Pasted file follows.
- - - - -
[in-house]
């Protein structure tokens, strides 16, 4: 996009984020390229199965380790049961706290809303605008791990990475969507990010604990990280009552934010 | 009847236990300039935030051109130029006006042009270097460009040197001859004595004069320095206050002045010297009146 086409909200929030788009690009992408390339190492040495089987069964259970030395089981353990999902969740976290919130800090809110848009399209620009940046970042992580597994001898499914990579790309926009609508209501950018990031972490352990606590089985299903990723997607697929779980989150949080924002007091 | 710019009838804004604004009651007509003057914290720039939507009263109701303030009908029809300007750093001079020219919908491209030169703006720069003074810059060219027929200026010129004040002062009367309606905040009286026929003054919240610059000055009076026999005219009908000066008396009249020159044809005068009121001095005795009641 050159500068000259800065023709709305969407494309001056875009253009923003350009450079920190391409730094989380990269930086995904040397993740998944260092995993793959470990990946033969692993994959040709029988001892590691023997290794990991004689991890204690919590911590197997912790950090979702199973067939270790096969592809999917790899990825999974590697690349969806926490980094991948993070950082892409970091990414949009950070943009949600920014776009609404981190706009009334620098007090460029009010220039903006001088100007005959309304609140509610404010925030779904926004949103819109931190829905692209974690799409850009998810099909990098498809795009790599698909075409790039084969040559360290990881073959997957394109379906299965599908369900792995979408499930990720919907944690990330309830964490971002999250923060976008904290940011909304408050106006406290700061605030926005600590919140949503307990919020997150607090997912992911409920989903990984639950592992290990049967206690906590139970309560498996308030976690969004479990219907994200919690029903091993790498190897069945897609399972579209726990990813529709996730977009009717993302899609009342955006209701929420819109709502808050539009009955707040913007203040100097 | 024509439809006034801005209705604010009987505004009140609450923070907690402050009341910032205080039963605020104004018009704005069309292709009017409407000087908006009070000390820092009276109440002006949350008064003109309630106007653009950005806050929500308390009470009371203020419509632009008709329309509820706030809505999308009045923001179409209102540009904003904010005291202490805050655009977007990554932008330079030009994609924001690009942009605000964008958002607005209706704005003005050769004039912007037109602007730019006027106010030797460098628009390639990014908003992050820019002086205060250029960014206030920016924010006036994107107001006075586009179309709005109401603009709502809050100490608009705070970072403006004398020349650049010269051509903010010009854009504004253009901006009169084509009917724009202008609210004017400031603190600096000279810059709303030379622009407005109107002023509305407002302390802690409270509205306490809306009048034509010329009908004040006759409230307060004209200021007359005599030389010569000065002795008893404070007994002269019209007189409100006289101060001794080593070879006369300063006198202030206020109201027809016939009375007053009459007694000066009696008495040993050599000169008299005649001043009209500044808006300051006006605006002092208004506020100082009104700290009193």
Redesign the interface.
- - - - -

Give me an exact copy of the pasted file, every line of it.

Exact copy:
[in-house]
């Protein structure tokens, strides 16, 4: 996009984020390229199965380790049961706290809303605008791990990475969507990010604990990280009552934010 | 009847236990300039935030051109130029006006042009270097460009040197001859004595004069320095206050002045010297009146 086409909200929030788009690009992408390339190492040495089987069964259970030395089981353990999902969740976290919130800090809110848009399209620009940046970042992580597994001898499914990579790309926009609508209501950018990031972490352990606590089985299903990723997607697929779980989150949080924002007091 | 710019009838804004604004009651007509003057914290720039939507009263109701303030009908029809300007750093001079020219919908491209030169703006720069003074810059060219027929200026010129004040002062009367309606905040009286026929003054919240610059000055009076026999005219009908000066008396009249020159044809005068009121001095005795009641 050159500068000259800065023709709305969407494309001056875009253009923003350009450079920190391409730094989380990269930086995904040397993740998944260092995993793959470990990946033969692993994959040709029988001892590691023997290794990991004689991890204690919590911590197997912790950090979702199973067939270790096969592809999917790899990825999974590697690349969806926490980094991948993070950082892409970091990414949009950070943009949600920014776009609404981190706009009334620098007090460029009010220039903006001088100007005959309304609140509610404010925030779904926004949103819109931190829905692209974690799409850009998810099909990098498809795009790599698909075409790039084969040559360290990881073959997957394109379906299965599908369900792995979408499930990720919907944690990330309830964490971002999250923060976008904290940011909304408050106006406290700061605030926005600590919140949503307990919020997150607090997912992911409920989903990984639950592992290990049967206690906590139970309560498996308030976690969004479990219907994200919690029903091993790498190897069945897609399972579209726990990813529709996730977009009717993302899609009342955006209701929420819109709502808050539009009955707040913007203040100097 | 024509439809006034801005209705604010009987505004009140609450923070907690402050009341910032205080039963605020104004018009704005069309292709009017409407000087908006009070000390820092009276109440002006949350008064003109309630106007653009950005806050929500308390009470009371203020419509632009008709329309509820706030809505999308009045923001179409209102540009904003904010005291202490805050655009977007990554932008330079030009994609924001690009942009605000964008958002607005209706704005003005050769004039912007037109602007730019006027106010030797460098628009390639990014908003992050820019002086205060250029960014206030920016924010006036994107107001006075586009179309709005109401603009709502809050100490608009705070970072403006004398020349650049010269051509903010010009854009504004253009901006009169084509009917724009202008609210004017400031603190600096000279810059709303030379622009407005109107002023509305407002302390802690409270509205306490809306009048034509010329009908004040006759409230307060004209200021007359005599030389010569000065002795008893404070007994002269019209007189409100006289101060001794080593070879006369300063006198202030206020109201027809016939009375007053009459007694000066009696008495040993050599000169008299005649001043009209500044808006300051006006605006002092208004506020100082009104700290009193």
Redesign the interface.